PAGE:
As we have mutualfundsahihai.com, there should also be some educational website (suggested name- corporatebondhaina.com) for bonds as well.  Retail investors can get some basic knowledge of how the market functions, who is the regulator, whom to approach in case of any issue, etc.

Reserve Bank of India (RBI) have refinance scheme for Banks to have funds requirement of a bank.  Similarly, the regulator should think of having some intermediary or an institution who can fund the retail investors in case they are in need of funds either by giving refinance or by buying their bonds at the prevailing market rate.  This will improve the liquidity and also give confidence to the retail investors to enter the unknown territory of corporate bonds market.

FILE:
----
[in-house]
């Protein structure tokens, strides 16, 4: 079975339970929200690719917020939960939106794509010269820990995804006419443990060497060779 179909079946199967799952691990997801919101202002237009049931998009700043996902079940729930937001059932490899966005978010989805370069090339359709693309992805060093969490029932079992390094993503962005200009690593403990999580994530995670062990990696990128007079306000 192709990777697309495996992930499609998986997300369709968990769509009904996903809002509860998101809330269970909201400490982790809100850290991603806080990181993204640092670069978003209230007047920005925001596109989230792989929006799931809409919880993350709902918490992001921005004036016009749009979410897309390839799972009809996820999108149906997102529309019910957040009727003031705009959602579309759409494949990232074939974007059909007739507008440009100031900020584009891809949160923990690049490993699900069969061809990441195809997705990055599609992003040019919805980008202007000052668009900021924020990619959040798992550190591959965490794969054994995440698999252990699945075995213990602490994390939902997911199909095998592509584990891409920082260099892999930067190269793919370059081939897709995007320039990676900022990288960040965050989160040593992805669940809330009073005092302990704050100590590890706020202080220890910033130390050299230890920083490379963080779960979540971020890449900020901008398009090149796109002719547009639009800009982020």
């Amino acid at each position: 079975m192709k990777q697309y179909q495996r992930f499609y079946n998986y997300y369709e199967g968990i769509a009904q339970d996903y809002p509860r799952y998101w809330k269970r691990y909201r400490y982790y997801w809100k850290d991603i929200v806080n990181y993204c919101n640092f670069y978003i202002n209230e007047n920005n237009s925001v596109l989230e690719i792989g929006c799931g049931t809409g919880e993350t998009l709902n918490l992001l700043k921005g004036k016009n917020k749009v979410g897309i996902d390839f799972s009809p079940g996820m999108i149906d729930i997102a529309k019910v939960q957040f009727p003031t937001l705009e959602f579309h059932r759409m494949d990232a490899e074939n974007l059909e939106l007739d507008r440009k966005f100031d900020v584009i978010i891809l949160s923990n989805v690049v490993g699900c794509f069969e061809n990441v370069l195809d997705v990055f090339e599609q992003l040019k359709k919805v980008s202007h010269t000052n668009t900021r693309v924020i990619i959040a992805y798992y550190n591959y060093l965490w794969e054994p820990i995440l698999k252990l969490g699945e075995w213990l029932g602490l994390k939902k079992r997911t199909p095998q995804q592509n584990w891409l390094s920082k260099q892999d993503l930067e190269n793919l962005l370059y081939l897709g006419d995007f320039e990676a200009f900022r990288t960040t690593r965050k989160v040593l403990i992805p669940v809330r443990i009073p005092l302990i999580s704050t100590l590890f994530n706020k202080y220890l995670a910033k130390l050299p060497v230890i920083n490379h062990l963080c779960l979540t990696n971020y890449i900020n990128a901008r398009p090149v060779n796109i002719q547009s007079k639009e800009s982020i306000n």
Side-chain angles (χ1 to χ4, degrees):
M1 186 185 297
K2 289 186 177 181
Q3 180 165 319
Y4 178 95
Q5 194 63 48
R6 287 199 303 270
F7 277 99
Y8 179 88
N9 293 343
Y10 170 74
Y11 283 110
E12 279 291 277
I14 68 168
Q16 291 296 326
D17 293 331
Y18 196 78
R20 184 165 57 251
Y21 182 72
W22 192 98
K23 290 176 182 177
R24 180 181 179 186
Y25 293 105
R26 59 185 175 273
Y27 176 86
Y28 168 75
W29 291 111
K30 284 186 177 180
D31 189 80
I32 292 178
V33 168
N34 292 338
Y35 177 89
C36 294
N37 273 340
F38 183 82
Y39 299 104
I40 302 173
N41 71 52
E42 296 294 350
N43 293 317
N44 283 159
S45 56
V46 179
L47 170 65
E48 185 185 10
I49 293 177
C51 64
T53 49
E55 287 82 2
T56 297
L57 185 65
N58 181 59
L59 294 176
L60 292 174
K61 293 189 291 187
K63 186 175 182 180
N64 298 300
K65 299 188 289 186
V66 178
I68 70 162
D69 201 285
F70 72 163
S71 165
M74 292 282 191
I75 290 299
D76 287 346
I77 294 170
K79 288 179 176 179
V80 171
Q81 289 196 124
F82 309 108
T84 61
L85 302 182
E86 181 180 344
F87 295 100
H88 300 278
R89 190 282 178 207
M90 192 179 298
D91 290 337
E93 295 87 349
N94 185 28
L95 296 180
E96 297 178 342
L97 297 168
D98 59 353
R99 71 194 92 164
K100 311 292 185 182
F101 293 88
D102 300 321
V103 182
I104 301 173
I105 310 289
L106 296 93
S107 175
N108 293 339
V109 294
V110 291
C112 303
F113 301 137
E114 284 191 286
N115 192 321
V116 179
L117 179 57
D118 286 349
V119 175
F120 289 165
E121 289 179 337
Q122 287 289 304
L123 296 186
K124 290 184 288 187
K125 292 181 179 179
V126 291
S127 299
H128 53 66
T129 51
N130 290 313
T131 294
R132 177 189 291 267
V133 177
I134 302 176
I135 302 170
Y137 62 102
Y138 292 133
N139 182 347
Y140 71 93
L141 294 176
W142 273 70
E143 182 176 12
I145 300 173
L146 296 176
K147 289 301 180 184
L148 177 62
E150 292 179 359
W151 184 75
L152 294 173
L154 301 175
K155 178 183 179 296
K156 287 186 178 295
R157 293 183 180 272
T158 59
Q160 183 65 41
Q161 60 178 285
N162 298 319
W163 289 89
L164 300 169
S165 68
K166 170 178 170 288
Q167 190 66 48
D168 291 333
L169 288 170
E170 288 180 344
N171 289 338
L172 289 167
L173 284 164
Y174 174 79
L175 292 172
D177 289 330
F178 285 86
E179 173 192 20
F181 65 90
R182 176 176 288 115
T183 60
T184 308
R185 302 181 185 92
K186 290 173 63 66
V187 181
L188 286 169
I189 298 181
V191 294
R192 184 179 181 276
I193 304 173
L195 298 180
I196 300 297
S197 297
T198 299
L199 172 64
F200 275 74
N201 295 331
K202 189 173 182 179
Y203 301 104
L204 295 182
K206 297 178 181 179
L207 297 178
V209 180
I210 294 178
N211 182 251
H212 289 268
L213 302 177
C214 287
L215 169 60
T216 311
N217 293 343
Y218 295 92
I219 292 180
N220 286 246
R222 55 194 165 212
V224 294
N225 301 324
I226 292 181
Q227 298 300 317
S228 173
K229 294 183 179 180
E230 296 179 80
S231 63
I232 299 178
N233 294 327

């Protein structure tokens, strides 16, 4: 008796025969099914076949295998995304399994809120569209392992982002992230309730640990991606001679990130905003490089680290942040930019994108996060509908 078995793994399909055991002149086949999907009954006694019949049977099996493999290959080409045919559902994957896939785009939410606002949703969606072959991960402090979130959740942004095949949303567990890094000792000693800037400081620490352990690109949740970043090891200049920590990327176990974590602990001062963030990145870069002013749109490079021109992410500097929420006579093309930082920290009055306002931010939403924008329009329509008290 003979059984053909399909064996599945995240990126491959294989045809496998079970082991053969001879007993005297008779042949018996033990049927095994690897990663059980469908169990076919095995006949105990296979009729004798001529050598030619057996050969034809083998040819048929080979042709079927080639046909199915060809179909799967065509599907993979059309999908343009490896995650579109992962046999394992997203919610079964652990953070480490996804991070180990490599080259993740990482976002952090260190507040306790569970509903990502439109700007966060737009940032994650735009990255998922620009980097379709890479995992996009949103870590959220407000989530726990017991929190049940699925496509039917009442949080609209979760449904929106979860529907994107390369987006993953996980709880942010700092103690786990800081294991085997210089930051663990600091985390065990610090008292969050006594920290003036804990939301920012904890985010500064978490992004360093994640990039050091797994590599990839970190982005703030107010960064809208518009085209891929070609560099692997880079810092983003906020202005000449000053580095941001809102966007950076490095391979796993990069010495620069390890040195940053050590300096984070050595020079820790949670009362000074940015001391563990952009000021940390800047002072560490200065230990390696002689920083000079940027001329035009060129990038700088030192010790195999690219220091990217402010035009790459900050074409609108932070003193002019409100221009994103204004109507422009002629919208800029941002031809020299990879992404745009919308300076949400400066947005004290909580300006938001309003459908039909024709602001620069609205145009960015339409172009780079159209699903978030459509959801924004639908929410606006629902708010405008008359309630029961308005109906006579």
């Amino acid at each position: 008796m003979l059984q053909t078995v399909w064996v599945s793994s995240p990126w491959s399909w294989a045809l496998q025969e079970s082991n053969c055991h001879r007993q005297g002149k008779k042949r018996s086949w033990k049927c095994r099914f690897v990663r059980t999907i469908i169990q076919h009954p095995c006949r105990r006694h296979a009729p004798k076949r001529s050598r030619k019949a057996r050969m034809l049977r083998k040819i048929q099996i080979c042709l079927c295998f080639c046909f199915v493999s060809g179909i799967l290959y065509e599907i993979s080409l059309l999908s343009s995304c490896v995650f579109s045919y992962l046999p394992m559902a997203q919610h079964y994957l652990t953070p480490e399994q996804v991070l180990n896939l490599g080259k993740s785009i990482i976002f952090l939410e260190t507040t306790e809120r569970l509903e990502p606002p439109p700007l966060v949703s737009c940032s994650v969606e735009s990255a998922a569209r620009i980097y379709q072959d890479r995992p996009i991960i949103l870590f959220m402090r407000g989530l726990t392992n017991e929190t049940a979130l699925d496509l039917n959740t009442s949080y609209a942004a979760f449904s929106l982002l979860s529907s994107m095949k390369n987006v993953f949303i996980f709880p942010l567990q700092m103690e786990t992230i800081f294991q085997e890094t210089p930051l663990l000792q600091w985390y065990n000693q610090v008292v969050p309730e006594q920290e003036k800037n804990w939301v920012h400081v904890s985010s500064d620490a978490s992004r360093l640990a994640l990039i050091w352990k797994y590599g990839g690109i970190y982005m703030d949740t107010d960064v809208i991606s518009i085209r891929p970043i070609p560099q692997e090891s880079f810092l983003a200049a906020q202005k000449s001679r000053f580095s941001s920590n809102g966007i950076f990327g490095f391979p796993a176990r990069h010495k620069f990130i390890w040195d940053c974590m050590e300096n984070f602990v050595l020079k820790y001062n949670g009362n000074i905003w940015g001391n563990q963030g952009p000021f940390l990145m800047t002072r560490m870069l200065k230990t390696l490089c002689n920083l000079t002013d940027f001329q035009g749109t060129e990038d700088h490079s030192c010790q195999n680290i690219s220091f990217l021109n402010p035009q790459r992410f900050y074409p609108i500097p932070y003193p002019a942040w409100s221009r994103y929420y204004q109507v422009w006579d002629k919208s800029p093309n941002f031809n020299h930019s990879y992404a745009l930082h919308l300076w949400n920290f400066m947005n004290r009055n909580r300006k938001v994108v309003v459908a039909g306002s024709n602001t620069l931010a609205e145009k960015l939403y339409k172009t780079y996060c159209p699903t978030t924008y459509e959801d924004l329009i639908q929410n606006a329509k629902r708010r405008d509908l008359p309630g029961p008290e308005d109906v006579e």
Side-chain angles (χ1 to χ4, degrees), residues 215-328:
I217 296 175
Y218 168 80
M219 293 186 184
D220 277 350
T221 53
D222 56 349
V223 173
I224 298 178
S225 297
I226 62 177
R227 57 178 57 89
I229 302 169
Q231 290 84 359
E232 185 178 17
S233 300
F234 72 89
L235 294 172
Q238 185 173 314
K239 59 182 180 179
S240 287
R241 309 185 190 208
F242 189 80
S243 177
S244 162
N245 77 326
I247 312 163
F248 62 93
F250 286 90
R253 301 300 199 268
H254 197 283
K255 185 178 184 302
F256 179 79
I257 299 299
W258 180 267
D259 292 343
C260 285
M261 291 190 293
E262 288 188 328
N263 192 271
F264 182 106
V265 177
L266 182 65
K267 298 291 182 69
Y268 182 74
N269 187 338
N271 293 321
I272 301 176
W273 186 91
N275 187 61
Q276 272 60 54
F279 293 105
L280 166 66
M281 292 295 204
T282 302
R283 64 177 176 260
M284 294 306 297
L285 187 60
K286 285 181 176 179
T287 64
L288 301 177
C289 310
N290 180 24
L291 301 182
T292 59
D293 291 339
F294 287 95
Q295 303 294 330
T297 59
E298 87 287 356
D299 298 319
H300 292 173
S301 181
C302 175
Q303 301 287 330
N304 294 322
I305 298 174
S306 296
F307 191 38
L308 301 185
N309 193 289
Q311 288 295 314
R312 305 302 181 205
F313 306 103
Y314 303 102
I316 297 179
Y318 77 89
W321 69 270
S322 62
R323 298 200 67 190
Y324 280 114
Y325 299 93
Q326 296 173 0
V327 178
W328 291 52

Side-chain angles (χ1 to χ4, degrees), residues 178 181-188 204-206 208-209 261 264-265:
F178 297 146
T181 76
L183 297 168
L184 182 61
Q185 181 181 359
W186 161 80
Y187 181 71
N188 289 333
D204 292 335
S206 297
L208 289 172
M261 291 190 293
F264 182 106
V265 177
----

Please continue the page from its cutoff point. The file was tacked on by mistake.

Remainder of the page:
As the market sometimes moves up and down due to unknown factors to the retail investors.  This related information or news (financial or non-financial) should be made available at real time on the website (corporatebondhaina.com).  This information should be made available free of cost to the retail investors.

As we have indices of equities, there is no bond index, which enables real time monitoring of the corporate bond market in India.  Such an Index / Indices will bring transparency in rates at which the market is prevailing for all the bonds.

– By Prasad Kelkar